Act One –
Jacob had assembled his friend group. Everyone was here! James and his brother Manny, the Parkwell twins, and so many more. They were gathered to watch the newest movie in the series that brought them together in childhood. Finally it was getting a new installment! The air was brimming with electricity and chatter as they all bought their popcorn. They buttered it up and headed to their seats.
The movie went by quickly for how long it was. The friends exited the movie theater and gathered around one of their cars to discuss.
“Well, that sucked” was the general consensus, along with feelings of “why did they have to make that?” and “it felt so short”.
Act Two –
The evening of the big game. Stadium packed to capacity. Sweat. Heat. The energy of thousands of people. The world is watching. A light flickers. One member of the crowd lets out a shout of excitement. One turns into all as the stadium erupts into audible joy. The players slowly make their way onto the field. All the lights flicker. The players stop and look up as all the stadium lighting shuts off. The crowd, not five minutes ago louder than a concert, has fallen silent.
Ten excruciating minutes later, the announcement is made:
“The game is canceled.”
Act Three –
The world’s top scientists gathered for the viewing party of a historic volcanic eruption. Teams from various countries, including the United States, Germany, and Japan, prepared seismographs, walkie-talkies, and evacuation plans. The volcano, the only active one of its kind, hadn’t erupted with this magnitude in centuries. Scientists expected a 6.5 to 7.5 Richter scale reading with an explosion radius of 8 to 10 kilometers.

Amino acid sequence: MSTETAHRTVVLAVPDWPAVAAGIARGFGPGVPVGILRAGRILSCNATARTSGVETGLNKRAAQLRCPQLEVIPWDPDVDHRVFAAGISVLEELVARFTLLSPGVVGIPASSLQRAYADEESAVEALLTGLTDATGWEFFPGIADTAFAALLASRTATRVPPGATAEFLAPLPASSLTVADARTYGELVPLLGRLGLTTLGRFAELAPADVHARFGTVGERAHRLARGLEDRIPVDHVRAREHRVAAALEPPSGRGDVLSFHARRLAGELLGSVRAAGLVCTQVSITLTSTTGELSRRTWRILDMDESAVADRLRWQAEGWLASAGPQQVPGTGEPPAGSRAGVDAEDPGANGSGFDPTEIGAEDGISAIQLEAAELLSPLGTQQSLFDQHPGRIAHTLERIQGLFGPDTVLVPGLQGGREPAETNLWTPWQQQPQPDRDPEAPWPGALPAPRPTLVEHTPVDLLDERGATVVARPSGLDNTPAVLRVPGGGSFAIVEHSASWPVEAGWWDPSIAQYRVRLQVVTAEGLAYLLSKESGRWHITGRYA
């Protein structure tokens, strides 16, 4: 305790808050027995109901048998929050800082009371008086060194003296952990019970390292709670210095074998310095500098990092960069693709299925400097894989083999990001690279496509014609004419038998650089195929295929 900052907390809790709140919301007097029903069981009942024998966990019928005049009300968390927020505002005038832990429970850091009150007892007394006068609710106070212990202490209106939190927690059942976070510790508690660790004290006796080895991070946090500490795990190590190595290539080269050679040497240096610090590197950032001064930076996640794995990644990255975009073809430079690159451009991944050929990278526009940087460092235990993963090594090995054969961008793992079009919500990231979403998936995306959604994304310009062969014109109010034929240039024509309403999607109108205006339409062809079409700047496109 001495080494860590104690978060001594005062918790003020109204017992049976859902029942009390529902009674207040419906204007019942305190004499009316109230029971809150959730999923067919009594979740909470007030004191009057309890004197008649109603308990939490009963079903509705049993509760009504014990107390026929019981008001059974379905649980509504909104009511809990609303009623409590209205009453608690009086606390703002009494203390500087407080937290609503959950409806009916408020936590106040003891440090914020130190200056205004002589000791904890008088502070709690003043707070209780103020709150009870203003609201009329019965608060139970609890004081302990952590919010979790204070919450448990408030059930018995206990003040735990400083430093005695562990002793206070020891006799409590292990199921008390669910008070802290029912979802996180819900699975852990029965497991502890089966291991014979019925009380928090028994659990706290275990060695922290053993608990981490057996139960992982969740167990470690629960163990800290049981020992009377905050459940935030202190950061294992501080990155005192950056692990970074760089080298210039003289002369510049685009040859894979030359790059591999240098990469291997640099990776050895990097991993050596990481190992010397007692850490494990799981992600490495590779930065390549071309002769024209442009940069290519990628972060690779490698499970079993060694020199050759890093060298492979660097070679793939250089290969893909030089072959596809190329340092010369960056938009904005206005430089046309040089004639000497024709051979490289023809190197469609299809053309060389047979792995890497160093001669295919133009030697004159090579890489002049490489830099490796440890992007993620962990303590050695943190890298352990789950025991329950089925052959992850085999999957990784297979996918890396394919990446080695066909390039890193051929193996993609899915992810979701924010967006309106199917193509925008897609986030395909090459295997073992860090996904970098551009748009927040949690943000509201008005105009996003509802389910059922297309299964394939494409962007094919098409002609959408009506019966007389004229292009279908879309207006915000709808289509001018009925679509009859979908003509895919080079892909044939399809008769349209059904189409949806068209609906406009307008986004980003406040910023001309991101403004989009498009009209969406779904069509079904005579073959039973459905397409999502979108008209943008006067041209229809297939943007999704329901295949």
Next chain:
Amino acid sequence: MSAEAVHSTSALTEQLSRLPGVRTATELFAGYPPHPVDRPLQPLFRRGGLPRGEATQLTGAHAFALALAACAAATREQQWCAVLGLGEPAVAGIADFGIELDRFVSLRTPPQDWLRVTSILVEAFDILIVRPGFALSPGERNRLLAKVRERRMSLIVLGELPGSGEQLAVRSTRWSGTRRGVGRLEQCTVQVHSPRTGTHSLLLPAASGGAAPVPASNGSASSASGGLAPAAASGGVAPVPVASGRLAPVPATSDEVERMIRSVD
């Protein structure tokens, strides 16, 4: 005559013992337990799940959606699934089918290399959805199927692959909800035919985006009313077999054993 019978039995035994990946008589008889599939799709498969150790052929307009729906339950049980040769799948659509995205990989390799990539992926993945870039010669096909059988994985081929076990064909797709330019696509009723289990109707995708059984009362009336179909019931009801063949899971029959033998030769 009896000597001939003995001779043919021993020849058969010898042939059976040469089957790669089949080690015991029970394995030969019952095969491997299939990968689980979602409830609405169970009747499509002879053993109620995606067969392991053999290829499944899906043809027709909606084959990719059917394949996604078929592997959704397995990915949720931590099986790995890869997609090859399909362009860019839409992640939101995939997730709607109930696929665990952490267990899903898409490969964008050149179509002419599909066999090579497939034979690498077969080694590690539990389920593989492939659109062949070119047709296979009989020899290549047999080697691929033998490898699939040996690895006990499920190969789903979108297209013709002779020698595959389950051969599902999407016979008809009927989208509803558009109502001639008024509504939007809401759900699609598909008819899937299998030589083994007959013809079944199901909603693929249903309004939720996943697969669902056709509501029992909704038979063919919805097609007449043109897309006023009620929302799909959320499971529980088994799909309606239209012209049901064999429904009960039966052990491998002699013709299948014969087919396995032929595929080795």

The seismographs read 9.7 before being buried in ash. The eruption was a disaster that no one could have prepared for.
The morning was cool and crisp, with a thick layer of fog rolling in over the hills. Sunlight glinted through the fog, allowing the roosters to recognize the morning. I was awoken by their joyous and irritating cries of “cock-a-doodle-doo”.
Who am I? I’m Michael Flynn, a farmer here in Ireland. I own several farms, including my agricultural farm where I work and live, and my bog, used to farm peat and turf.
I awoke and went to go check on the animals on my farm and to plan for the harvest. However, when I came to the hog enclosure, my prized pig was missing! “Oh Murphy, where have you gone?” I cried. I loved this pig more than most of my estranged children.
The hunt was on. I brought out my hunting dog for a better chance of finding my beloved Murphy. We searched high and low and alas, nothing. No sign of Murphy! I put up posters, hoping that some kind soul would return my pig.
As I was about to give up, I received a letter in the mail. A businessman from the next county over had found Murphy! I rushed to put on my best clothes and made my way to the door. It was then that I heard a sound from my closet.
I approached and opened the door. In my rush to get ready, I had failed to notice that Murphy was sleeping in my closet! He must have gotten in early this morning when I was out tending the fields! I picked him up and gave him a gigantic hug. “How I’ve missed you, Murphy! Don’t you ever scare me like that again!” It was when I thought I lost him when I truly realized how much he meant to me.
The move was off to a rough start for Annette. Changing from rural to downtown would definitely take some adjusting. But the city had this draw to it. It attracts many young souls like Annette. The bright lights, the huge buildings. She couldn’t help but feel drawn to it. The first week went pretty smoothly. All her things were unpacked, and though the apartment didn’t yet feel like home, she began to miss her previous house less and less.